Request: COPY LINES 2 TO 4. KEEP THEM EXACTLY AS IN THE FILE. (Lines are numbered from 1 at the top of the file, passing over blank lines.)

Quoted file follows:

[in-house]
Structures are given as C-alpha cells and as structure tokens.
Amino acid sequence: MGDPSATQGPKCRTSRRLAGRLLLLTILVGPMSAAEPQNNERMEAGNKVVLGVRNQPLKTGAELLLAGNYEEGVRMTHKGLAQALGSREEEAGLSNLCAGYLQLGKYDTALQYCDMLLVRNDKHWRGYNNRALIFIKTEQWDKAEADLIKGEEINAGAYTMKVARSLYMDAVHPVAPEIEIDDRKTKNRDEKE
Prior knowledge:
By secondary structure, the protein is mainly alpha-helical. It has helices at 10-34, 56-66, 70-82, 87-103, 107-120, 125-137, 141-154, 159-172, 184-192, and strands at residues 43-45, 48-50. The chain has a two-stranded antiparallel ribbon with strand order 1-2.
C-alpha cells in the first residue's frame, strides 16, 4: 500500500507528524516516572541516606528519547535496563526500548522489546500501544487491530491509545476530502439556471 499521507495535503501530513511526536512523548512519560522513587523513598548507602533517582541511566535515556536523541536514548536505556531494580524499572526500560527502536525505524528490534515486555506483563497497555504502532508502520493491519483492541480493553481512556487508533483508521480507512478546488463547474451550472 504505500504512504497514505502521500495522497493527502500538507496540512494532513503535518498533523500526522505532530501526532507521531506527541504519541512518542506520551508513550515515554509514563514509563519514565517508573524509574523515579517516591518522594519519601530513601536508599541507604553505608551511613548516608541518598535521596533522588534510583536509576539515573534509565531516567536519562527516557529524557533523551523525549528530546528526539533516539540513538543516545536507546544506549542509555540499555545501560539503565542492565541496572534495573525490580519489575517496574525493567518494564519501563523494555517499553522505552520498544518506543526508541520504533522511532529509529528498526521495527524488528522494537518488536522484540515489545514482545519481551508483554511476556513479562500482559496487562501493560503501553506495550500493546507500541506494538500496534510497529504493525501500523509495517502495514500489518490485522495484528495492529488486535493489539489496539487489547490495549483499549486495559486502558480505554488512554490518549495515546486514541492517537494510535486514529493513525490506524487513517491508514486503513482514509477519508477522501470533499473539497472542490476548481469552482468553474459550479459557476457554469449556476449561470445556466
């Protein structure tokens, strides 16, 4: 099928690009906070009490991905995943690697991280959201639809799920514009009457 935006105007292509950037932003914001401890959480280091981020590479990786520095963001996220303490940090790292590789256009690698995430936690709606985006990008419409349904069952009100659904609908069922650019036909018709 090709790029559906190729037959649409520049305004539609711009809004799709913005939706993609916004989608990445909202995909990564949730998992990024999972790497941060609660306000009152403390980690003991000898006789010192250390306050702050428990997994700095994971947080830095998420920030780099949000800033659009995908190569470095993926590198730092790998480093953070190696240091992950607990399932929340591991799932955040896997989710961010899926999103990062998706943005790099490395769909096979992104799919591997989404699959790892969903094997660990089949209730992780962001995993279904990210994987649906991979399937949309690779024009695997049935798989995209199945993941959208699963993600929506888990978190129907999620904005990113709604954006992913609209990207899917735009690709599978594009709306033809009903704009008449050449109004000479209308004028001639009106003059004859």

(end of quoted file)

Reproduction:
Structures are given as C-alpha cells and as structure tokens.
Amino acid sequence: MGDPSATQGPKCRTSRRLAGRLLLLTILVGPMSAAEPQNNERMEAGNKVVLGVRNQPLKTGAELLLAGNYEEGVRMTHKGLAQALGSREEEAGLSNLCAGYLQLGKYDTALQYCDMLLVRNDKHWRGYNNRALIFIKTEQWDKAEADLIKGEEINAGAYTMKVARSLYMDAVHPVAPEIEIDDRKTKNRDEKE
Prior knowledge: